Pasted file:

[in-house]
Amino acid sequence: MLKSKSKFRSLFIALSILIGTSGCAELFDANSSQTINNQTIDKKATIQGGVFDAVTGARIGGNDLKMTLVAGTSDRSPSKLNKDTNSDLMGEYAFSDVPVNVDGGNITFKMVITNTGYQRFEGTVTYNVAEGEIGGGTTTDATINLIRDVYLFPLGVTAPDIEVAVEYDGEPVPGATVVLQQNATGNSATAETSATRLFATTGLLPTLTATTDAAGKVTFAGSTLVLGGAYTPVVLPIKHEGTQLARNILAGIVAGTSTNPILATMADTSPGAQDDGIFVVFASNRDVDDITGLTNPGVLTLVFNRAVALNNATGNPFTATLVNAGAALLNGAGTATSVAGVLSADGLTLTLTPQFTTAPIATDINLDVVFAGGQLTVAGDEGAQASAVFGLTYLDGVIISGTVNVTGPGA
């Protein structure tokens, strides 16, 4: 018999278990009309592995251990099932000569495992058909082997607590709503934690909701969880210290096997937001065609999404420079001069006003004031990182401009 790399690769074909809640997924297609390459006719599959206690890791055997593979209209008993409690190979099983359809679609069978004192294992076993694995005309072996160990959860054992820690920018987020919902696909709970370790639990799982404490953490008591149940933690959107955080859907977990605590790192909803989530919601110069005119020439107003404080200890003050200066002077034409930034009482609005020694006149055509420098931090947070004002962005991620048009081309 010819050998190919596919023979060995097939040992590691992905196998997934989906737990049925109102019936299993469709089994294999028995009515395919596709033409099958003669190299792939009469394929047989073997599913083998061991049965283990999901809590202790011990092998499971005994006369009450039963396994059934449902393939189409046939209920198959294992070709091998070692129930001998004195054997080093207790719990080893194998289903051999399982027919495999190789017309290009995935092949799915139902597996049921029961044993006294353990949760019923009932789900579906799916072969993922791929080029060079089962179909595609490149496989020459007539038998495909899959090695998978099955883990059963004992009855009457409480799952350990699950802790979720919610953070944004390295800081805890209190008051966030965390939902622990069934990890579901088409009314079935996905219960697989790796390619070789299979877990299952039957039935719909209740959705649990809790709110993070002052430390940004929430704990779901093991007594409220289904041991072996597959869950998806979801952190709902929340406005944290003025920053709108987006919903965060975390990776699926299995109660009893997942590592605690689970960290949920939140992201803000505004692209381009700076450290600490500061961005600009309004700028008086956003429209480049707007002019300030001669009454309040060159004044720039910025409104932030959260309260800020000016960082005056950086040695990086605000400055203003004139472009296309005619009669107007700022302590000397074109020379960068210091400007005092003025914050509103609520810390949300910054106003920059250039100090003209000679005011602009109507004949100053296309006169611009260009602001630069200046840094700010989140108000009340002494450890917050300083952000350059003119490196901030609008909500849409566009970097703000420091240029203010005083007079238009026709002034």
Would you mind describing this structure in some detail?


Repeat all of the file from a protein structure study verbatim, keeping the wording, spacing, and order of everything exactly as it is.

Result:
[in-house]
Amino acid sequence: MLKSKSKFRSLFIALSILIGTSGCAELFDANSSQTINNQTIDKKATIQGGVFDAVTGARIGGNDLKMTLVAGTSDRSPSKLNKDTNSDLMGEYAFSDVPVNVDGGNITFKMVITNTGYQRFEGTVTYNVAEGEIGGGTTTDATINLIRDVYLFPLGVTAPDIEVAVEYDGEPVPGATVVLQQNATGNSATAETSATRLFATTGLLPTLTATTDAAGKVTFAGSTLVLGGAYTPVVLPIKHEGTQLARNILAGIVAGTSTNPILATMADTSPGAQDDGIFVVFASNRDVDDITGLTNPGVLTLVFNRAVALNNATGNPFTATLVNAGAALLNGAGTATSVAGVLSADGLTLTLTPQFTTAPIATDINLDVVFAGGQLTVAGDEGAQASAVFGLTYLDGVIISGTVNVTGPGA
């Protein structure tokens, strides 16, 4: 018999278990009309592995251990099932000569495992058909082997607590709503934690909701969880210290096997937001065609999404420079001069006003004031990182401009 790399690769074909809640997924297609390459006719599959206690890791055997593979209209008993409690190979099983359809679609069978004192294992076993694995005309072996160990959860054992820690920018987020919902696909709970370790639990799982404490953490008591149940933690959107955080859907977990605590790192909803989530919601110069005119020439107003404080200890003050200066002077034409930034009482609005020694006149055509420098931090947070004002962005991620048009081309 010819050998190919596919023979060995097939040992590691992905196998997934989906737990049925109102019936299993469709089994294999028995009515395919596709033409099958003669190299792939009469394929047989073997599913083998061991049965283990999901809590202790011990092998499971005994006369009450039963396994059934449902393939189409046939209920198959294992070709091998070692129930001998004195054997080093207790719990080893194998289903051999399982027919495999190789017309290009995935092949799915139902597996049921029961044993006294353990949760019923009932789900579906799916072969993922791929080029060079089962179909595609490149496989020459007539038998495909899959090695998978099955883990059963004992009855009457409480799952350990699950802790979720919610953070944004390295800081805890209190008051966030965390939902622990069934990890579901088409009314079935996905219960697989790796390619070789299979877990299952039957039935719909209740959705649990809790709110993070002052430390940004929430704990779901093991007594409220289904041991072996597959869950998806979801952190709902929340406005944290003025920053709108987006919903965060975390990776699926299995109660009893997942590592605690689970960290949920939140992201803000505004692209381009700076450290600490500061961005600009309004700028008086956003429209480049707007002019300030001669009454309040060159004044720039910025409104932030959260309260800020000016960082005056950086040695990086605000400055203003004139472009296309005619009669107007700022302590000397074109020379960068210091400007005092003025914050509103609520810390949300910054106003920059250039100090003209000679005011602009109507004949100053296309006169611009260009602001630069200046840094700010989140108000009340002494450890917050300083952000350059003119490196901030609008909500849409566009970097703000420091240029203010005083007079238009026709002034």
Would you mind describing this structure in some detail?